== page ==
THE trade union Solidarity on Monday decried the draft regulations of the recently amended Employment Equity Act as “not rational and unconstitutional”, and vowed to challenge them in court if they were not changed.

Labour Minister Mildred Oliphant published the draft regulations in the Government Gazette on Friday and gave the public 30 days to comment on them.

The proposals include a section clarifying the requirement of equal pay for work of equal value.

The most controversial clauses delineated when employers should use national or regional demographics to determine their employment equity targets.

Solidarity CE Dirk Herman said the proposals were “absurd” as they were not workable, and undermined the constitutional principles of equality and dignity.

According to t he draft regulations, a designated employer employing 150 or more employees should use the national economically active population to determine equity targets for the upper three levels (top and senior management and the professionally qualified) of its workforce. For skilled technical, semi-skilled and unskilled, employers should use regional demographics.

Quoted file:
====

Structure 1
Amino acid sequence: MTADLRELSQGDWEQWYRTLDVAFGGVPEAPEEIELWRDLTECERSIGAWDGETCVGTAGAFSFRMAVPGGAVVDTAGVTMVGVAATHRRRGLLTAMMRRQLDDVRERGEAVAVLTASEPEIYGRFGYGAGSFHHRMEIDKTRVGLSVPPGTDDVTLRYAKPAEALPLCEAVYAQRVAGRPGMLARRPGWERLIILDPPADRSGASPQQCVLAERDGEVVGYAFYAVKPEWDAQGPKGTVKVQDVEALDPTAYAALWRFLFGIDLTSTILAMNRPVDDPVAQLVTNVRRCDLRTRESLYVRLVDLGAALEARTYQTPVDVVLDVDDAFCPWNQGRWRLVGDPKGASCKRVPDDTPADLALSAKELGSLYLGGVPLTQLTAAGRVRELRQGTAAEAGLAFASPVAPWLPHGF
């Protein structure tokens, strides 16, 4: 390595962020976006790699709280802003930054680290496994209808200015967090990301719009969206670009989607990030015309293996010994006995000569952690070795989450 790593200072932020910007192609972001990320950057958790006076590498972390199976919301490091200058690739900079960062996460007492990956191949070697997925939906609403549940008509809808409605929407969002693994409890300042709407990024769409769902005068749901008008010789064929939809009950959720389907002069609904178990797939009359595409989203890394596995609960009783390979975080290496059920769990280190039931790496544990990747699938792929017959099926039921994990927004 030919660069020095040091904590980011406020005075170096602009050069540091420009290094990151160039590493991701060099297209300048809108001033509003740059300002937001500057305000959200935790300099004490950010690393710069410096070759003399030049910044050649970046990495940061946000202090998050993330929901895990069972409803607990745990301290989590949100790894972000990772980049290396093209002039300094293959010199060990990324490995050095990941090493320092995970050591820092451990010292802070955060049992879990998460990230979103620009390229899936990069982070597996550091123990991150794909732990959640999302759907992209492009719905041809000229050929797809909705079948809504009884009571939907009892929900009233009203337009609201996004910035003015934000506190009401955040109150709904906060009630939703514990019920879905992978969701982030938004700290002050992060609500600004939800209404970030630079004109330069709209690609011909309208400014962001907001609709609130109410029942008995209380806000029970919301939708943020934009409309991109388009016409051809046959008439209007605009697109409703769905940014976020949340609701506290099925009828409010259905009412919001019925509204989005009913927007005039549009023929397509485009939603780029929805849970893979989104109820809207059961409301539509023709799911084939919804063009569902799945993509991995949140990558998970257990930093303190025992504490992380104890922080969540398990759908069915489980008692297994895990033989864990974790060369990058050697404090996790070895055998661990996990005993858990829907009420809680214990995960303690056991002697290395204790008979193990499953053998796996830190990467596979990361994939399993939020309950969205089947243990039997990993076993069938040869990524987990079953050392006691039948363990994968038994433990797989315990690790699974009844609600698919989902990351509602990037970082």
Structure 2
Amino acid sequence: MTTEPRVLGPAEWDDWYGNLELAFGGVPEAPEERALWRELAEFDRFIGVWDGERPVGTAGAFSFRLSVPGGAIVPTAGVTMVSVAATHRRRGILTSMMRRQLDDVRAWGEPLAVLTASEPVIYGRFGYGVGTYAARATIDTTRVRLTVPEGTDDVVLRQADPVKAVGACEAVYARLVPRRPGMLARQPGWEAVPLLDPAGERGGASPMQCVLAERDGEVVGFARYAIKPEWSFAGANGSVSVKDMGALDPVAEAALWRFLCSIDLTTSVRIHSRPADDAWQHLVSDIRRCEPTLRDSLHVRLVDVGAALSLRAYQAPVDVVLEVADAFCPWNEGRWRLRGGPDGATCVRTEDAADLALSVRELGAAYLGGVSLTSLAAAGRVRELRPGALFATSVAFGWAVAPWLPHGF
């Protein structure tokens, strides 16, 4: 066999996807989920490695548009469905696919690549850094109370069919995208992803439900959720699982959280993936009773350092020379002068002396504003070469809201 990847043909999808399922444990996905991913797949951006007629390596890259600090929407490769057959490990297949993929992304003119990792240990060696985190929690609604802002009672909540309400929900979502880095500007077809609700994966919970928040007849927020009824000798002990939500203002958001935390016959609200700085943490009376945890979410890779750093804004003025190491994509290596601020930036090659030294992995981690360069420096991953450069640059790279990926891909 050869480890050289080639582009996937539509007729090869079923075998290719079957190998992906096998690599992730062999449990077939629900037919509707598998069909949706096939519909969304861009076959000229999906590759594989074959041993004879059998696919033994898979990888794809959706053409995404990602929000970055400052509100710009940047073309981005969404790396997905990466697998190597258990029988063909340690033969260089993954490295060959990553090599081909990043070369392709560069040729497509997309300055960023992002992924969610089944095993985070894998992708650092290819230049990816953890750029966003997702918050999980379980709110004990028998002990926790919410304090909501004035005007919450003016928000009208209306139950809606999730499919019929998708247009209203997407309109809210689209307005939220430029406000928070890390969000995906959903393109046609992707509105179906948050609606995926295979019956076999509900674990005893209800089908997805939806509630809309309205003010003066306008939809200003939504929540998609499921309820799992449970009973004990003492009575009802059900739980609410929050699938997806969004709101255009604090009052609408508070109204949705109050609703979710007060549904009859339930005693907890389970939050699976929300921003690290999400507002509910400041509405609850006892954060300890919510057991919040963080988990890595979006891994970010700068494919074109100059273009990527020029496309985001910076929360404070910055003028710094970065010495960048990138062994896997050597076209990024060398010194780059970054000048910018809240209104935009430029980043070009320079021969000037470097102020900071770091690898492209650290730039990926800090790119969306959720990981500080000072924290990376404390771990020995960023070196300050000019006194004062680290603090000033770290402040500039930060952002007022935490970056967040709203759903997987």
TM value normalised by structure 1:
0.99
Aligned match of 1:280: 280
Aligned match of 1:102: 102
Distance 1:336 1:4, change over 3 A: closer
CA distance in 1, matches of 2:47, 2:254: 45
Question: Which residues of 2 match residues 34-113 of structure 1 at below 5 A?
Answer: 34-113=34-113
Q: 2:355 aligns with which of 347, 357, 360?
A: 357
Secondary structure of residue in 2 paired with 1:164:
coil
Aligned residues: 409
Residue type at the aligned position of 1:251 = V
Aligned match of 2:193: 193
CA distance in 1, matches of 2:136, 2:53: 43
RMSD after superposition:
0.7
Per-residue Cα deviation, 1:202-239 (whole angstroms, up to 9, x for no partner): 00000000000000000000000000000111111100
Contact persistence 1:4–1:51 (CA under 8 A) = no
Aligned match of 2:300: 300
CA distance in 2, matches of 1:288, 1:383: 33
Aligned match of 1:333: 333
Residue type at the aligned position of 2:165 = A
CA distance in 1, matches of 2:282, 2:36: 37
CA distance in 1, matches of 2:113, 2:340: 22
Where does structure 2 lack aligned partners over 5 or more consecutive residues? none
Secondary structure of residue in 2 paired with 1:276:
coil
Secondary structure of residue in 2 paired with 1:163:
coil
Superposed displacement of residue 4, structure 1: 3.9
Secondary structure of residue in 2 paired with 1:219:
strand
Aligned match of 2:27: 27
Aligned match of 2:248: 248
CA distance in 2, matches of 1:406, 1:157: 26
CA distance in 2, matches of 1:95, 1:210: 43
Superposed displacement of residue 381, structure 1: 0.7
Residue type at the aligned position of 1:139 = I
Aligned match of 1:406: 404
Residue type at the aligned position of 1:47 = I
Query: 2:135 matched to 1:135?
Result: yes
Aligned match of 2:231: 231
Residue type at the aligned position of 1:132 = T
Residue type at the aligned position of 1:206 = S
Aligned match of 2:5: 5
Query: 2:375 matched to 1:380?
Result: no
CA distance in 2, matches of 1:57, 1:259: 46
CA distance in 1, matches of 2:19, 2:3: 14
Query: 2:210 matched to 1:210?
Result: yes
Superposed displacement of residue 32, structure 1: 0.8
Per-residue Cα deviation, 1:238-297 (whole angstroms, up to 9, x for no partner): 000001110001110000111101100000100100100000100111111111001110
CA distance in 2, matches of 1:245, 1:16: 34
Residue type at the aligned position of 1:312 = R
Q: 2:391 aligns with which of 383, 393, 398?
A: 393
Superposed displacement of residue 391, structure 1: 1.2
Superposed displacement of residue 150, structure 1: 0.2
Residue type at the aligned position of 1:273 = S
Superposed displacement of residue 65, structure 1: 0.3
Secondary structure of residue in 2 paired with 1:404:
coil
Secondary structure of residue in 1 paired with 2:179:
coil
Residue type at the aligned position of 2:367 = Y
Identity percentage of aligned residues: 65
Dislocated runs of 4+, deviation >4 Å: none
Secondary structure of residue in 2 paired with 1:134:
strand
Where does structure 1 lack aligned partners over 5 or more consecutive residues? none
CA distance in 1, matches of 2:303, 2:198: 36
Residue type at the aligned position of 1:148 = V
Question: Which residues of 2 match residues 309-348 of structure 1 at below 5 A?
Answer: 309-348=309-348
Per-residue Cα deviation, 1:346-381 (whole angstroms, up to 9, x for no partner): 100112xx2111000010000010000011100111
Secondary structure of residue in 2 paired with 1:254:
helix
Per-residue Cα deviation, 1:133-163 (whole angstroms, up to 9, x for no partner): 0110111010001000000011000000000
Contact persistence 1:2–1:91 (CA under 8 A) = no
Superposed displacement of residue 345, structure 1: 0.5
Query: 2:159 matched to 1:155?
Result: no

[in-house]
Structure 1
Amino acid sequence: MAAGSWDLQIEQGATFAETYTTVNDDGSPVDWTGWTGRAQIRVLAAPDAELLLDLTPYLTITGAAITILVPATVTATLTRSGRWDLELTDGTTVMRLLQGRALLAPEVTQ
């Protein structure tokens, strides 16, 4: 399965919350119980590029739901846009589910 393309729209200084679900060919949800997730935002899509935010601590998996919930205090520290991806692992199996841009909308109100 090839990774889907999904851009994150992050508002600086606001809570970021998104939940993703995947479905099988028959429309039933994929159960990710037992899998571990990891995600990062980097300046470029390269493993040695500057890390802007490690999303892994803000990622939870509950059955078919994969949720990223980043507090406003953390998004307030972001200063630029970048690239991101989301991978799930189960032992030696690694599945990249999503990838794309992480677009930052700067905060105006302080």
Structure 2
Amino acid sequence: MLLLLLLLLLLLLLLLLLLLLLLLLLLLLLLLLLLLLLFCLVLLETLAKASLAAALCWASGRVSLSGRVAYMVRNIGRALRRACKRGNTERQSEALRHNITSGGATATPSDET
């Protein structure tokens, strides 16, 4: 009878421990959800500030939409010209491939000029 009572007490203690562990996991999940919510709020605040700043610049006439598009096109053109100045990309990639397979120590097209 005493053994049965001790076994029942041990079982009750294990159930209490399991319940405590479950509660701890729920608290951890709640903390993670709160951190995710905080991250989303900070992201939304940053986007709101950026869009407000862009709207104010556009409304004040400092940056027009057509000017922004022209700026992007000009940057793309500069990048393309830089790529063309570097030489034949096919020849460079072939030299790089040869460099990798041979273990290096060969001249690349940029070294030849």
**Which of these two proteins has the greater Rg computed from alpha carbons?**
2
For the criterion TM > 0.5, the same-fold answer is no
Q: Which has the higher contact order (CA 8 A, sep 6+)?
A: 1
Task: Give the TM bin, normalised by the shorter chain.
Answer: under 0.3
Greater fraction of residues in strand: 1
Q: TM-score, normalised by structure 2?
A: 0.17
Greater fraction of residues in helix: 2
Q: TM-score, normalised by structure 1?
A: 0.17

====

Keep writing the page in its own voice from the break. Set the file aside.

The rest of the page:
A designated employer with 149 employees or less should use the national economically active population for the upper two levels of the workforce (top and senior management). In the professionally qualified, skilled technical and unskilled regional demographics should be used.

Mr Herman said the result of applying these rules would mean preferential appointments of Africans to top positions. This would be to the detriment of Indian and coloured minorities who in effect would no longer be beneficiaries of affirmative action.

He said “regional” was undefined and could refer to the immediate environs of a workplace, a city or a whole province.

The question of regional versus national demographics has been a contentious issue in the Western Cape where coloured people are about 52% of the workforce. B ut the Department of Correctional S ervices, for example, has used national demographic targets — 79.3% African, 8.8% coloured, 9.3% white and 2.5% Indian — when drawing up its equity plans.

The Labour Court ruled in October under the old act that the department had to use both national and regional demographics.